And he will play a key role in the reorganisation of the centre of Government. Mr Cummings has ordered the establishment of a new ‘collaboration hub’ in the Cabinet Office where he and other senior officials will try to fuse policy making with delivery.

One government source said: ‘With all the U-turns, things are clearly not working as well as we want them to be, but hopefully you will now see that start to change.’

Ministers will be formally told of Mr Case’s appointment at a meeting of the Cabinet this morning.

High-flyer likes his bikes (and Christmas jumpers)

By Daniel Martin, Policy Editor for the Daily Mail

Boris Johnson’s new top civil servant was hired from Kensington Palace, where he is credited with boosting William and Kate’s public image.

Now Simon Case has to try to do the same for the Government, which has been rocked by a string of U-turns since the onset of the coronavius crisis.

The 41-year-old high-flyer – described as ‘patriotic to his core’ – has earned the Prime Minister’s trust since he was appointed on secondment from Kensington Palace as No 10 permanent secretary in May.

Pictured: Mr Case, who will take over as Cabinet Secretary from Sir Mark Sedwill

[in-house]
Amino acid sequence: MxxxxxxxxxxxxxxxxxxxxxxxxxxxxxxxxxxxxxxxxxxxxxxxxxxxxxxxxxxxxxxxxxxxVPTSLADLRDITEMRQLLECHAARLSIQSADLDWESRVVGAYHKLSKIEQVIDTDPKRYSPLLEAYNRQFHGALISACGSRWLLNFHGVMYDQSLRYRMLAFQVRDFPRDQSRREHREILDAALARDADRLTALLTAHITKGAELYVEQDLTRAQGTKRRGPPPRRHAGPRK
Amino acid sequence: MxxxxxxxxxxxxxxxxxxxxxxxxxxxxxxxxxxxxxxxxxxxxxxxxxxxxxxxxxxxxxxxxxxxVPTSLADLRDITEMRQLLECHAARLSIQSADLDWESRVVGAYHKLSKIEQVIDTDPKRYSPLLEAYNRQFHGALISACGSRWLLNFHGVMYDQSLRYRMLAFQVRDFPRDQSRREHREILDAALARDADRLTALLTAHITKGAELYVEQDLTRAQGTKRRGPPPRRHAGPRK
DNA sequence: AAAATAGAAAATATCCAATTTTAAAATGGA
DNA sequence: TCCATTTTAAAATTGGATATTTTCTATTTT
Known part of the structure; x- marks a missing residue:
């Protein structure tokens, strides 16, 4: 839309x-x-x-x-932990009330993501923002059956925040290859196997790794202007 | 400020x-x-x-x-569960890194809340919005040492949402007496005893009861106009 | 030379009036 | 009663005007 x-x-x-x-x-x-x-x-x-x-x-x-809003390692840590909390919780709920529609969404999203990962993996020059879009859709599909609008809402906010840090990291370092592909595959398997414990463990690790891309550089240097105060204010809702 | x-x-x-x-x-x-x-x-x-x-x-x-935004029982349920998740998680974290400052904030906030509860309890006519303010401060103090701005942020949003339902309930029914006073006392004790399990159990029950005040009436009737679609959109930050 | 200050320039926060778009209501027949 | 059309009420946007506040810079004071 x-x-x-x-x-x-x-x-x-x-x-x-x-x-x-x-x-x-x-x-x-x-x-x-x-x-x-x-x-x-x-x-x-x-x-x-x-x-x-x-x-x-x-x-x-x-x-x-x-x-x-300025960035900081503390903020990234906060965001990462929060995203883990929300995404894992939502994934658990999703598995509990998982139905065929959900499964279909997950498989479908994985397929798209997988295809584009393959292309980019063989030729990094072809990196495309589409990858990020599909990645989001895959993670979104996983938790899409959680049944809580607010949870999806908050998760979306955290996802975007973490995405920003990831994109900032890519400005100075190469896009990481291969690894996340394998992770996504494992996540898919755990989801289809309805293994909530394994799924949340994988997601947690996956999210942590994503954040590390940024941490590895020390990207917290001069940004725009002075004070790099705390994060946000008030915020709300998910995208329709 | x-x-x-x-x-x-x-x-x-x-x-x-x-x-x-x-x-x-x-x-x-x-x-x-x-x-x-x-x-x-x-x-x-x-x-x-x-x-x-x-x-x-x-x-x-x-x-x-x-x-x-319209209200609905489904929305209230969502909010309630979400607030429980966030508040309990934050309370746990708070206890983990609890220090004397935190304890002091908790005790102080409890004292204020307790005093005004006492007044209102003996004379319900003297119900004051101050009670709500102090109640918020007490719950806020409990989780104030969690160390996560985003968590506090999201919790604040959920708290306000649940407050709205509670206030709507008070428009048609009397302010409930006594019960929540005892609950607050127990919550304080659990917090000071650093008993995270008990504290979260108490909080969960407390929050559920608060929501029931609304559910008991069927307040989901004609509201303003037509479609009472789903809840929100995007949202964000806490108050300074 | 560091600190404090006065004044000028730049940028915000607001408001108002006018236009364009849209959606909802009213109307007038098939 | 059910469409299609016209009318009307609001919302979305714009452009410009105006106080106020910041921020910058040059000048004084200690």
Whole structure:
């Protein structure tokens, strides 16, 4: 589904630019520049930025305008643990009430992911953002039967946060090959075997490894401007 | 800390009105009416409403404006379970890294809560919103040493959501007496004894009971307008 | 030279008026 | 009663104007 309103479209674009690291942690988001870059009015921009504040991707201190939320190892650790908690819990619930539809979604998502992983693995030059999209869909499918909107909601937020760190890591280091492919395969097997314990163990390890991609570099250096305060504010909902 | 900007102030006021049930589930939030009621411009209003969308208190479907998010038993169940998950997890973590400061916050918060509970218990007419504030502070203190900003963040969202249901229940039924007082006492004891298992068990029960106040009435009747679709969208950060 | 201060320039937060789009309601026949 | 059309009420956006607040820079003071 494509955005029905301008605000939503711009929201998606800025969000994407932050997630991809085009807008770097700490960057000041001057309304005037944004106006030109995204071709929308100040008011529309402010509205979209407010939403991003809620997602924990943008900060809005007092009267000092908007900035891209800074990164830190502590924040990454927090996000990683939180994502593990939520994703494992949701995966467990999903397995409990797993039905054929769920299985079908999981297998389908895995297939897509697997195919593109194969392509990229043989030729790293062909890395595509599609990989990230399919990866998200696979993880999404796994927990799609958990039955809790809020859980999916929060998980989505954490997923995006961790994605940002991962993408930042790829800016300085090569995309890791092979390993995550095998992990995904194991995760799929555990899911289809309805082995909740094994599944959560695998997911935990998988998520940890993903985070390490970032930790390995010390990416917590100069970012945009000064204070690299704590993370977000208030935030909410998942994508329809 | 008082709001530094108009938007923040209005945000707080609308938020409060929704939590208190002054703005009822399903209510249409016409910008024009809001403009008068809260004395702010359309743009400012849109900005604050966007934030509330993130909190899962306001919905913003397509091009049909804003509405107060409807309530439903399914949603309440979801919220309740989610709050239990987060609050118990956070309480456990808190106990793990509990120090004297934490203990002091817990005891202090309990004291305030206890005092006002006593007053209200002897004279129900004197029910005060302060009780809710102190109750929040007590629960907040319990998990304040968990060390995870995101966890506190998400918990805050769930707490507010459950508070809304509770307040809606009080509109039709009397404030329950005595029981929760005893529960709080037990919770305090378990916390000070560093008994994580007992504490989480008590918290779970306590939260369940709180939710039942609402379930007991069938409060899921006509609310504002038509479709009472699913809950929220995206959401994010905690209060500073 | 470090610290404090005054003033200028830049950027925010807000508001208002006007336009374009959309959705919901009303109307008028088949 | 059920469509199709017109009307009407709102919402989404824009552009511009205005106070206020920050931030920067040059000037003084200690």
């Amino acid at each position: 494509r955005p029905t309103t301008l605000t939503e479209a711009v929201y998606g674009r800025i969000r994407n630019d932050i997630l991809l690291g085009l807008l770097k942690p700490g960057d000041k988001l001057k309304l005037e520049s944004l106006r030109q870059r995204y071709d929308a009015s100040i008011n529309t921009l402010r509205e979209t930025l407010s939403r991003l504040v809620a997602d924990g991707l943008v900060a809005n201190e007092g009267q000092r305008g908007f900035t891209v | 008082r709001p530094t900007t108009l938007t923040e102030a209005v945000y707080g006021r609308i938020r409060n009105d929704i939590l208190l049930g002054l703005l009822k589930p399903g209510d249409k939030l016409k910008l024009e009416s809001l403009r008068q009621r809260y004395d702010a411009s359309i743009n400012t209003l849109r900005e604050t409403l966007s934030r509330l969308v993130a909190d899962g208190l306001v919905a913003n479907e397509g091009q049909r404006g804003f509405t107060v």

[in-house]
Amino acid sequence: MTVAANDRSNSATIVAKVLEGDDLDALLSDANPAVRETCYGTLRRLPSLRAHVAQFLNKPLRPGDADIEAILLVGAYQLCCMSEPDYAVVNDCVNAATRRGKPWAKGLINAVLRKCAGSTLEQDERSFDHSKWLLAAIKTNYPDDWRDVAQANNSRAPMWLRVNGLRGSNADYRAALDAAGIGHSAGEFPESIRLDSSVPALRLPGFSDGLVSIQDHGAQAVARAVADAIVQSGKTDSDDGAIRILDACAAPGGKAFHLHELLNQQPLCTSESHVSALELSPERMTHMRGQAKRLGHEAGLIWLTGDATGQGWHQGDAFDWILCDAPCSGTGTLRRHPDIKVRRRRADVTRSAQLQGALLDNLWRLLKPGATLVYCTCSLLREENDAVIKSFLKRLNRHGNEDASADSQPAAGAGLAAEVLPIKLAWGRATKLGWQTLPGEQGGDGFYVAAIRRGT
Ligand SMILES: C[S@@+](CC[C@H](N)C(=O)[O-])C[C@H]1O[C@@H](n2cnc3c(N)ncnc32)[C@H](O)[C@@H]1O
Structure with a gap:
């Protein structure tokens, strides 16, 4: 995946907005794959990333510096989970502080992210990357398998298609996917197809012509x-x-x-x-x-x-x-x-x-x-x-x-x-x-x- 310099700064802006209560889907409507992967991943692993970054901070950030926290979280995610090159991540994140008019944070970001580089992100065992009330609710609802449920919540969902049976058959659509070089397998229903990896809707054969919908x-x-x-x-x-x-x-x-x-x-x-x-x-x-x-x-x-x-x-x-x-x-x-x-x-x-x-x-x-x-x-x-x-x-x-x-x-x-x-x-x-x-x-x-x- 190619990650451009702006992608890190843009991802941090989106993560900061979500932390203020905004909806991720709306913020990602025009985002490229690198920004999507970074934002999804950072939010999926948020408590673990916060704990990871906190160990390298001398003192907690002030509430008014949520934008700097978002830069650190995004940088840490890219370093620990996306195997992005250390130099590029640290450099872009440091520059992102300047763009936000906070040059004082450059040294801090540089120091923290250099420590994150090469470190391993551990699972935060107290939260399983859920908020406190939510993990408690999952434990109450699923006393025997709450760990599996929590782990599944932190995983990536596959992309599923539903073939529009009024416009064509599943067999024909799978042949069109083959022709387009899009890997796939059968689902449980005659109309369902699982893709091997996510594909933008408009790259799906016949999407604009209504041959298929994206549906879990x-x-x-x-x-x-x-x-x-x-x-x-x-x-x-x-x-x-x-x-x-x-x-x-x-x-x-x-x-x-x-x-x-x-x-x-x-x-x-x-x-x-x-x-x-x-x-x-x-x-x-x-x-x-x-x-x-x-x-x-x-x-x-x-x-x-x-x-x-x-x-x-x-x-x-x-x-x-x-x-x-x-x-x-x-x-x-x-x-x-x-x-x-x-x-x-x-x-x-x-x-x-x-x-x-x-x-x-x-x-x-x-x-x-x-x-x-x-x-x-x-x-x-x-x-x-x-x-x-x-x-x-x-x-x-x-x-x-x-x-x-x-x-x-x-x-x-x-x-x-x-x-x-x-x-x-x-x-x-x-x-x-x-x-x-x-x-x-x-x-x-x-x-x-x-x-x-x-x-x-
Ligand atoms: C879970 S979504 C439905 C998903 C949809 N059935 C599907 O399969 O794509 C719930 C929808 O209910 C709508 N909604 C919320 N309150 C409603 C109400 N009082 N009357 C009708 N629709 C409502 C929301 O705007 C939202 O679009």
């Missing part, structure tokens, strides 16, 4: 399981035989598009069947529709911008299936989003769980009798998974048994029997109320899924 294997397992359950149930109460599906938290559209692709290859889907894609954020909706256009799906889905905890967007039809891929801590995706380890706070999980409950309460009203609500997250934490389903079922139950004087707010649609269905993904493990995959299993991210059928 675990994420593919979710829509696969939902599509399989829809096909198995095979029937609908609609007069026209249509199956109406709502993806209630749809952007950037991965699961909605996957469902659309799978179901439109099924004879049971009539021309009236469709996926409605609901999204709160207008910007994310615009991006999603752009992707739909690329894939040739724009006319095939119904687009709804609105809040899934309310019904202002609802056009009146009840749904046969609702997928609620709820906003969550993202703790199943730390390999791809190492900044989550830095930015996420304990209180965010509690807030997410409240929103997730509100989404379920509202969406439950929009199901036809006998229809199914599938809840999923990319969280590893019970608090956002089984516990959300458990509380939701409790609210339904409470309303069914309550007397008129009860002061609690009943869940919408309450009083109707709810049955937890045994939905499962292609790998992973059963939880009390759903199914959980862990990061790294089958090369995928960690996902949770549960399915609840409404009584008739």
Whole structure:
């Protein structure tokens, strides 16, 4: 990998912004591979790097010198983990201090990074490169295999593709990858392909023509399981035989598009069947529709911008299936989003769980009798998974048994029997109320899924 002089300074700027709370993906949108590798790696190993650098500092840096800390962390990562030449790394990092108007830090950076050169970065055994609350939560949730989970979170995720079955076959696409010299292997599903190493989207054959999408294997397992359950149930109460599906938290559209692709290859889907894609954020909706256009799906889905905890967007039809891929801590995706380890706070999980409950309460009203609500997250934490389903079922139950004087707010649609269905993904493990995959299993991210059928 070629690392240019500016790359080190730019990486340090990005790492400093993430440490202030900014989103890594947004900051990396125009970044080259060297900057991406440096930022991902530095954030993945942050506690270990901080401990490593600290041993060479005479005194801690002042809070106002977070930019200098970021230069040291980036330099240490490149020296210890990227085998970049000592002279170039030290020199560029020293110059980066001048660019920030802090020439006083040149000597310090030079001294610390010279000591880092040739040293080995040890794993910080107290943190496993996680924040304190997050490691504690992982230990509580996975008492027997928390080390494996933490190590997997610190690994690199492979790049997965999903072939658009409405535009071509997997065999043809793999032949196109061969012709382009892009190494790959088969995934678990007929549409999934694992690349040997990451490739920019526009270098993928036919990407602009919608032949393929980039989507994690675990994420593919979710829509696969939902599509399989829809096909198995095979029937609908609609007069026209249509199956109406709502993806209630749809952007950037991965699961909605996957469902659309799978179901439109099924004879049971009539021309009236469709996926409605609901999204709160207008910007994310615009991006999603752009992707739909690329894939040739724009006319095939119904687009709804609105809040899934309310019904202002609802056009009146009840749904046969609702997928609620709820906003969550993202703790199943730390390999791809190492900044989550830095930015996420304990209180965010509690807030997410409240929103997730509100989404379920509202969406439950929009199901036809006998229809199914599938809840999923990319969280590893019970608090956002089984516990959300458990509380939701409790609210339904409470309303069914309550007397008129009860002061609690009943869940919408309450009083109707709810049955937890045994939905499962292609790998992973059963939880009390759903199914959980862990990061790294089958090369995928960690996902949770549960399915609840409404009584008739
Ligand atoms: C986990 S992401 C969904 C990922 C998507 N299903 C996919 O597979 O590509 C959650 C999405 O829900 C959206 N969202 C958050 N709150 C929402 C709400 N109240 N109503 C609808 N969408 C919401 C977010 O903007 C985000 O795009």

Now the married father of three – who is a fan of Christmas jumpers – is to be head of the Civil Service, a hugely powerful role that gives him the task of reforming Whitehall from top to bottom.

His appointment was a surprise as it had been thought he wanted to return to his royal duties as the Duke of Cambridge’s private secretary.

During this period he modernised the prince’s operations and helped boost his and his wife’s standing after Harry and Meghan decided to depart for the US.

Born in Bristol in 1978 and educated at Bristol Grammar School, Mr Case studied history at Cambridge University before entering the Civil Service in 2006. He also completed a PhD in political history at Queen Mary University of London.

He worked first in the Ministry of Defence and subsequently served as head of the Olympic Secretariat, a temporary team in the Cabinet Office overseeing the delivery of the 2012 games.

After this he worked as a private secretary in No 10 to David Cameron, rising to the position of principal private secretary just months before the Brexit vote in 2016.